Nina’s novel workshop concept of “speed dating training” was well received: all participants, regardless of their prior experience, became an active part of every training step. In each training session each of the participants trained for 5 minutes under the expert guidance of Nina. During this time, the bystanders were able to observe and receive valuable information on how individual coaching decisions directly affected the target behavior and, in addition, they assisted the coach by concentrating on the entire horse and help with valuable observations. Between change of coaches, the status quo was analyzed and the next training steps were planned to promote each horse individually, without overtaxing the animal.

Rocking Trainer 2019

One of the central elements in training health-promoting horse rocking is the so-called feeding point, which encourages the horse to make appropriate movements without physical or psychological pressure. This also requires some physical fitness of the trainers to be able to lure the horse into appropriately helpful positions. At the same time, a high level of alertness and lightning-fast decisions are crucial. The motto is “Click the horse and not the rocker”. The goal is either a dynamic rocking motion with a slight forward-downward stretch or initiating the rocking movement by a flexing of the haunches with plenty of abdominal muscle activity and appropriate top-line in order for a physiologically helpful joint, muscles and the nervous system stimulation.
Nina demonstrated with her own horses how these movements should look in perfection.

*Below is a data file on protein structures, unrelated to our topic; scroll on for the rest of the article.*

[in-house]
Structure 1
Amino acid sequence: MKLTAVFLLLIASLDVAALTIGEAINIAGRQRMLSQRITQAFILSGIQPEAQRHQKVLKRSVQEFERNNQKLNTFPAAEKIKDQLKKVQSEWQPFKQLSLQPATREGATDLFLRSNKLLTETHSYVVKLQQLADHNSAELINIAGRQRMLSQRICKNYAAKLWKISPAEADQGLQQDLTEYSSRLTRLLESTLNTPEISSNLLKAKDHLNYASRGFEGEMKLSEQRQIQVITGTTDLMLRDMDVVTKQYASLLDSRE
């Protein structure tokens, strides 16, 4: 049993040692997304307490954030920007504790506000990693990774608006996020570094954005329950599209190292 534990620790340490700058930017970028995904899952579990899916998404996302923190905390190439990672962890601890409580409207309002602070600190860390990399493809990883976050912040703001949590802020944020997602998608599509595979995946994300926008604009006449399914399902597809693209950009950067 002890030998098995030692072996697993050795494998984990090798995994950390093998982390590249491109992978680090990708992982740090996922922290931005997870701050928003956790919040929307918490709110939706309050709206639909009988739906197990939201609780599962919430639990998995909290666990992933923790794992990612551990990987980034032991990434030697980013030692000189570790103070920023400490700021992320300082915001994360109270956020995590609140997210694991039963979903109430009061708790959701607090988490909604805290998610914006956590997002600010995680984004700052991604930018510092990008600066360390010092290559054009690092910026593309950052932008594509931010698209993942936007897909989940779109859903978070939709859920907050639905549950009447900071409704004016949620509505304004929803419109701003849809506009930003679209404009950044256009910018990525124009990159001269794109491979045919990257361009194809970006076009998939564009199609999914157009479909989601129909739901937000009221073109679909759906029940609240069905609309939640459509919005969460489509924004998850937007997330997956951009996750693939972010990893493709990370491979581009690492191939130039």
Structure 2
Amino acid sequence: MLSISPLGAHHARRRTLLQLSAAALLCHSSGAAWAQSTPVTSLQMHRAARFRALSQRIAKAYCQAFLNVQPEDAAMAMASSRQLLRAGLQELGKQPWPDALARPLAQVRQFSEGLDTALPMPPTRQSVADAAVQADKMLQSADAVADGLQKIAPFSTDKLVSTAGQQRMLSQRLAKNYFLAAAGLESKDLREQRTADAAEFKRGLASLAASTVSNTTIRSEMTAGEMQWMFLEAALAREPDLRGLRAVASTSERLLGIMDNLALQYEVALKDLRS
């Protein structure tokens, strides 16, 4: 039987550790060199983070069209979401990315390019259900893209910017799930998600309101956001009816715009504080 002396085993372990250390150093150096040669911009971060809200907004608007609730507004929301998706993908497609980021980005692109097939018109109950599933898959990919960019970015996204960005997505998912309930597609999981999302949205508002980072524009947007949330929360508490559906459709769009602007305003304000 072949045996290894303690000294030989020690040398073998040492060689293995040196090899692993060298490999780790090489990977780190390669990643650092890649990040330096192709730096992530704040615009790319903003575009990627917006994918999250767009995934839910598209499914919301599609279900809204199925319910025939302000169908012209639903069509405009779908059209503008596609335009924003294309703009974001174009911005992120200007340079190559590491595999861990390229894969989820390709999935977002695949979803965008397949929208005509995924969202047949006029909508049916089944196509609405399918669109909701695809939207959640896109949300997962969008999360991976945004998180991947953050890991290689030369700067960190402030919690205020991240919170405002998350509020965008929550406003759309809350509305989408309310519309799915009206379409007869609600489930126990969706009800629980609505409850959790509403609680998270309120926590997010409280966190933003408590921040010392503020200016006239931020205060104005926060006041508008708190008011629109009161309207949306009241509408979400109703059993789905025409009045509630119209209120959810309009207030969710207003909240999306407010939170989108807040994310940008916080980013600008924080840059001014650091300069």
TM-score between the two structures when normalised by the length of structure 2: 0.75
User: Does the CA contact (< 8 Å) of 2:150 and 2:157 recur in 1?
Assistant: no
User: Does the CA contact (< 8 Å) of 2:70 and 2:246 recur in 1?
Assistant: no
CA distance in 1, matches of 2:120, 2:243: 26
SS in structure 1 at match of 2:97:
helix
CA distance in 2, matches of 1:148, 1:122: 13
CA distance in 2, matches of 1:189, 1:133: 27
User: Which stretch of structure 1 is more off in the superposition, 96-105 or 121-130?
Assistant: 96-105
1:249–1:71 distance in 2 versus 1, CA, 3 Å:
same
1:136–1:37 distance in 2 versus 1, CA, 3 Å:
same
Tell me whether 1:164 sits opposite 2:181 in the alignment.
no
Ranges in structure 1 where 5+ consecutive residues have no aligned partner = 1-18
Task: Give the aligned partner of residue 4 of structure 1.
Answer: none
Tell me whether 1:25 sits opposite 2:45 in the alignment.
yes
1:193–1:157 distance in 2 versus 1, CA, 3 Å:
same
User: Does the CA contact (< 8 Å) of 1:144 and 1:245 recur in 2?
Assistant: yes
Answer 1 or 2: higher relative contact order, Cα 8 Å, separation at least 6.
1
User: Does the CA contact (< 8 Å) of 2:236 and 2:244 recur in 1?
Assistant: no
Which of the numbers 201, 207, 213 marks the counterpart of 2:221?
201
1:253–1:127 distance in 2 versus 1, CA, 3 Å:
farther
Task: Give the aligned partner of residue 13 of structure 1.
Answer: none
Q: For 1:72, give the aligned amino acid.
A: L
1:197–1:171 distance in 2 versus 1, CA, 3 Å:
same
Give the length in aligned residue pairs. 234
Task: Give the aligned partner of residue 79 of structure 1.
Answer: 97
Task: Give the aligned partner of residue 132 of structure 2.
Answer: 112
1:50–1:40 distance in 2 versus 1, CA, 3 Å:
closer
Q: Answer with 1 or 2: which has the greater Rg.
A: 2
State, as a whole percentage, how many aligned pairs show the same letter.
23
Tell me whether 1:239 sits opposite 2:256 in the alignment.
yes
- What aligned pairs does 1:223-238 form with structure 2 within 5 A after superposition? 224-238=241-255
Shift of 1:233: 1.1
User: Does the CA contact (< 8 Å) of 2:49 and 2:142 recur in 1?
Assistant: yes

Particularly impressive was the development of Shetland Pony Wolfgang. I had been able to observe the very beginnings of his rocking career in the summer of 2018. Now the little guy proved a professional rocking specialist. He proudly presented a nearly perfect school halt to the amazed spectators, perfect with arched back, clearly set haunches and good load bearing. It was fantastic to see such a high performance level without the use of pressure or auxiliary reins, and have fun instead of stress.

One of the many highlights of this weekend was the opportunity to get on a rocker with a professionally trained horse and feel the rocking movements first-hand.
And even without horses, the numerous gymnastic equipment repeatedly invited people to climb onto them and find out how much balance, coordination and muscle activity is required on such a device, and how the joints are gently mobilized at the same time. There’s no experience like first-hand experience, is there?

This instructive and very motivating workshop was rounded off by wonderfully sunny spring weather and culinary delights from the farm’s kitchen. Of course, the traditional pancakes and the liqueur made from eggs from the farm’s own clicker-trained chickens were part of the show as well.